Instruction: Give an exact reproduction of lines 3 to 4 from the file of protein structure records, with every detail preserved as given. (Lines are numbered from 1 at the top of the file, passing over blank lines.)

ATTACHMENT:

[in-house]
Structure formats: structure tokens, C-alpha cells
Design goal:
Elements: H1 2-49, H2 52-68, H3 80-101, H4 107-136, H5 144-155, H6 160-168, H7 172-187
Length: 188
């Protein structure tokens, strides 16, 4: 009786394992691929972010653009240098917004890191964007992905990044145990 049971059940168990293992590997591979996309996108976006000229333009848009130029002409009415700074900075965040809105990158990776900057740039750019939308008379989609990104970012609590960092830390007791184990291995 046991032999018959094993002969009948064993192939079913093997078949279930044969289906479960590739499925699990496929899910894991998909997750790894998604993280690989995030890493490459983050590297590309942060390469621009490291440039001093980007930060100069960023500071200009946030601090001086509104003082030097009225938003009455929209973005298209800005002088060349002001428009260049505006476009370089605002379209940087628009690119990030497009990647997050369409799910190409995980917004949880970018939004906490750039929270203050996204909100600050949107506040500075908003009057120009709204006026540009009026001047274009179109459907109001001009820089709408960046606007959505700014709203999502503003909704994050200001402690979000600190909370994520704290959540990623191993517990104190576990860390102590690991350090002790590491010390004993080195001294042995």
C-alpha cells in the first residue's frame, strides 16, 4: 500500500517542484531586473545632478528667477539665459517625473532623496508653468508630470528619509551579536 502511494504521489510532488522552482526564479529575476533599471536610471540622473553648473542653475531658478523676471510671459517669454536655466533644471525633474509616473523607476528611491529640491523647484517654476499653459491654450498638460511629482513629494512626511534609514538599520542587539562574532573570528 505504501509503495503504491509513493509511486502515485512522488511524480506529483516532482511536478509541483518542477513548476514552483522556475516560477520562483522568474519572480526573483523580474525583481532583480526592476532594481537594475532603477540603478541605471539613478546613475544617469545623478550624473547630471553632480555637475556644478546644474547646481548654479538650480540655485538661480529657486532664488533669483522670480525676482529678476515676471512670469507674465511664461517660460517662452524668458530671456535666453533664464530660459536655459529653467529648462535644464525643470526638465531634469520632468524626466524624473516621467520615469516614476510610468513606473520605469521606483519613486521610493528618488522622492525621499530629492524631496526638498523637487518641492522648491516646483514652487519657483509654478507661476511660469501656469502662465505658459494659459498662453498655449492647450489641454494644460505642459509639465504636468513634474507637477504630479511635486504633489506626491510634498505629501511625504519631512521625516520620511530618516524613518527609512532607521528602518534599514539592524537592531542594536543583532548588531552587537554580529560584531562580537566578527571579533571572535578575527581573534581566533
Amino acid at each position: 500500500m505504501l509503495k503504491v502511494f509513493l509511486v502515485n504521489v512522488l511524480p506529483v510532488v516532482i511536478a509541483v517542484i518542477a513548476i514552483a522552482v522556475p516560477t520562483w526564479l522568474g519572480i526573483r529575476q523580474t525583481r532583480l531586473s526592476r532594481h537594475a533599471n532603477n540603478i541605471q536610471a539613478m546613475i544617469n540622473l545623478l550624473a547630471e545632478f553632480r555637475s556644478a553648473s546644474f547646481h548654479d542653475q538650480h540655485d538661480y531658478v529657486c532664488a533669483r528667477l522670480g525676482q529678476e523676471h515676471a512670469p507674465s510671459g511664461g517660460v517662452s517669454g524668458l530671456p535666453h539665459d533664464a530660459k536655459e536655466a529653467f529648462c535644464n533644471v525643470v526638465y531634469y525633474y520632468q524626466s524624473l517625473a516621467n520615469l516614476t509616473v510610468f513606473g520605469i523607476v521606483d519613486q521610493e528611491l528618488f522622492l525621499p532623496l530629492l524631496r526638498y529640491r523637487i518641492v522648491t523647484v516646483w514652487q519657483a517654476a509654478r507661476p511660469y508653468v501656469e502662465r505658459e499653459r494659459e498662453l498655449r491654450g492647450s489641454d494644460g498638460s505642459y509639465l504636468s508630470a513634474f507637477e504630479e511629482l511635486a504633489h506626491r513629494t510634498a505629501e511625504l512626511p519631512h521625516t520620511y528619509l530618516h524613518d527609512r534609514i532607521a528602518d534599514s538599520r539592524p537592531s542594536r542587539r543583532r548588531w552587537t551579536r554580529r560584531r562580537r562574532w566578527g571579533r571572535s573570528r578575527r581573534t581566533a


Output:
Design goal:
Elements: H1 2-49, H2 52-68, H3 80-101, H4 107-136, H5 144-155, H6 160-168, H7 172-187